Ten years after the revolutions that shook the Arab world, the monarchies of the Gulf Cooperation (GCC) face a series of tremendous security and economic challenges. These may not put into question the nature of their political systems, but they definitely test the ability of local leaders to address them.
First, Gulf states face the fallouts of the Covid-19 crisis. They generally fared better than Western countries vis-a-vis the pandemic (on daily cases or deaths per capita) but they have not been immune to the economic consequences.
The health situation exacerbated the fall of oil prices that started with the 2014 market crisis. The sudden halt of global demand and the Saudi-Russian battle in Spring 2020 over production levels inflicted a major blow to the market. This situation directly impacted Gulf rentier states that generally need a 70$ barrel to break even with their public expenditures. Consequently, sovereign debt in the region has been on the rise. In Bahrain and Oman, it is forcing local governments to rely more and more on foreign aid. But the economic fallout of the pandemic is also painful for those that had already diversified their source of revenues: Dubai whose wealth relies primarily less on energy than on being a regional hub for finance, tourism, maritime and air traffic was badly hit as well.
The long-term effects of the pandemic also have ramifications on the social fabric in the GCC countries. In Kuwait, it exacerbated xenophobic sentiments used by parliamentarians seeing the foreign labour force as a convenient scapegoat for the virus proliferation. In other states, like Oman and Bahrain, the economic crisis complicates the ability of local rulers to implement the much-needed socio-economic reforms to assuage potential discontent that existed prior to 2020.
Meanwhile, the war in Yemen, now in its sixth year, remains a major threat to regional stability. Sadly, there is no end in sight: the coalition assembled by Riyadh has been unable to succeed militarily against the Houthi rebels and the prolonged fighting created one of the worst humanitarian crises in the world. Well aware of the reputational cost the conflict has inflicted on Saudi Arabia, its leadership displayed a willingness to negotiate a diplomatic settlement in early 2021 but the Houthis dismissed the initiative as they seemingly believe to be on the winning side of the war.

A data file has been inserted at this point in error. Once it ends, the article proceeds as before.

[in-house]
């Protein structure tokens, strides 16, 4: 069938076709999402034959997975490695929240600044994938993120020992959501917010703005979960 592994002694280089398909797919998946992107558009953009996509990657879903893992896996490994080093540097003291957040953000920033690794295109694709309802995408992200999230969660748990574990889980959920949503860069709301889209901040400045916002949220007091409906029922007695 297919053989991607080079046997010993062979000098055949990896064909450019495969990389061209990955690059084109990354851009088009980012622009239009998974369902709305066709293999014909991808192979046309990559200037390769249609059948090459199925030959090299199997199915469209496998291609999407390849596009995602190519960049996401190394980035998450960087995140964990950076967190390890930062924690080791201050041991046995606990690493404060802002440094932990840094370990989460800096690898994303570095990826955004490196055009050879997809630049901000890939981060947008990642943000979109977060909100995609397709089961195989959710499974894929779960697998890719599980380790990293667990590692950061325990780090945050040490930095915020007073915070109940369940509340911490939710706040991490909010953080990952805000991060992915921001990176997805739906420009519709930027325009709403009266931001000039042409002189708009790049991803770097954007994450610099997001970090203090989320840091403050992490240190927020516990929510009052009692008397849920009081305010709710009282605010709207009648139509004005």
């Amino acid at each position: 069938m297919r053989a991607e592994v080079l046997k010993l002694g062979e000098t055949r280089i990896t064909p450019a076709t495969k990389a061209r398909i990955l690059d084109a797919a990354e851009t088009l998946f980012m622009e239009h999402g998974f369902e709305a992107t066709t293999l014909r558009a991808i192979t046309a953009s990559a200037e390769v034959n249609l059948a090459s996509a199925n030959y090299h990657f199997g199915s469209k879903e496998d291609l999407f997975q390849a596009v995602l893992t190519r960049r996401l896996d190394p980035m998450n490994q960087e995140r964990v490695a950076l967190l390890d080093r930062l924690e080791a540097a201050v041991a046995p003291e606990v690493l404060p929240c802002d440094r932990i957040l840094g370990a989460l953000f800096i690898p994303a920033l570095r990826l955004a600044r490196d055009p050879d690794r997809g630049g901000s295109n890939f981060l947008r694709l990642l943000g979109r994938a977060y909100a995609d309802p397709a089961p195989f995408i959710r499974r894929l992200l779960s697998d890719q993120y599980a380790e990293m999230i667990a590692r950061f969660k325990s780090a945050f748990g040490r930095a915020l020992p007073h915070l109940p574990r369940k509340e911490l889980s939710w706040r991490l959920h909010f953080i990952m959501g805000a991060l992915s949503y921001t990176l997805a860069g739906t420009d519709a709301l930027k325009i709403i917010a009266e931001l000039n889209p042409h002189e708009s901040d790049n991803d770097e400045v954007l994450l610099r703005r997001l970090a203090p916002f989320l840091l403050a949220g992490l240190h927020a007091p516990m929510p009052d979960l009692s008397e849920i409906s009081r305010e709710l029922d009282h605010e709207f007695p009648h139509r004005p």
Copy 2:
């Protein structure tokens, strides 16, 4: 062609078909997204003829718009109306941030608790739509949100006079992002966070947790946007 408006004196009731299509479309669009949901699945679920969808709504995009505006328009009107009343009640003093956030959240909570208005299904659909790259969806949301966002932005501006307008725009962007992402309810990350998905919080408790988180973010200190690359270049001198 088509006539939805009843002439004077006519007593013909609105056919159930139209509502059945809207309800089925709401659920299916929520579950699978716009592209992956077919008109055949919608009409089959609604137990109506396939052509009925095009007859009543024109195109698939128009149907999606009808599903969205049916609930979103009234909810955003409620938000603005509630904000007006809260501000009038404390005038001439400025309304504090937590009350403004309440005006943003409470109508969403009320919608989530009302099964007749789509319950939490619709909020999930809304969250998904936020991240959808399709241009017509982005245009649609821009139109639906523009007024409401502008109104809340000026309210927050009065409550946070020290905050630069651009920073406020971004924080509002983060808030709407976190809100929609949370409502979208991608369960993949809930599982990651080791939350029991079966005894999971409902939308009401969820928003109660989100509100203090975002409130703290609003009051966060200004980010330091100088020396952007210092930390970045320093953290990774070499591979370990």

Beyond the war in Yemen, regional stability is still defined by the evolving competition between Saudi Arabia and Iran. The regional strategy of the latter maintains a high level of assertiveness, be it through its variable support of proxy militias in the region or its campaign of naval harassment in the strait of Hormuz. Furthermore, Iran’s nuclear programme remains a major issue for Gulf states. Back in 2018, the US withdrawal from the Joint Comprehensive Plan of Action (JCPOA) provided Tehran with a convenient pretext to progressively reduce its own commitments with the initial deal, in particular regarding the level of uranium enrichment.
The fate of the Iranian nuclear issue will also test the relationship between GCC states and the new US administration led by President Joe Biden. As many members of the current national security team in Washington already worked under the Obama presidency, rulers in Saudi Arabia and the UAE have not hidden their concerns. Back in 2015, Gulf states had only reluctantly endorsed the JCPOA, feeling that they had not been consulted and that their national security interests were undermined by the deal. The fact that the Biden administration declared its intention to resume talks with Iran while removing the Houthis from the list of terrorist organizations and at the same time, suspending its arms sales to both Saudi Arabia and the UAE obviously sent a negative message in Riyadh and Abu Dhabi. However, this is unlikely to compromise the presence of US armed forces in the Arabian Peninsula, which still makes the US the most decisive military player in the Gulf.
Still, US-Gulf relations will increasingly be tested by the implications of the rapprochement between GCC states and China. Over the past five years, this cooperation with Beijing diversified and increased. Initially driven by China’s consumption of Gulf oil, these partnerships now include Chinese investments into Gulf ports infrastructures (in Abu Dhabi’s Khalifa Port, Oman’s Duqm Port as well as the Hamad Port in Qatar), Huawei’s management of the 5G networks in the Peninsula (for instance in Saudi Arabia, Qatar and the UAE) and limited but significant arms sales (such as drones and short-range ballistic missiles).
But as the US-China competition escalates, it becomes one (rare) topic of bipartisan consensus in Washington where politicians see the rivalry turning into a zero-sum game and forcing allies of the US to make one single choice. As a result, American officials are likely to increase their pressure on Gulf states to carefully reconsider their rapprochement with China if they want to keep benefiting from the US security umbrella.
All in all, Gulf states may have been able to cope with the regional turmoil that ensued from the 2011 revolutions, but they do face a wide array of critical challenges that will definitely test their resilience for the next decade.
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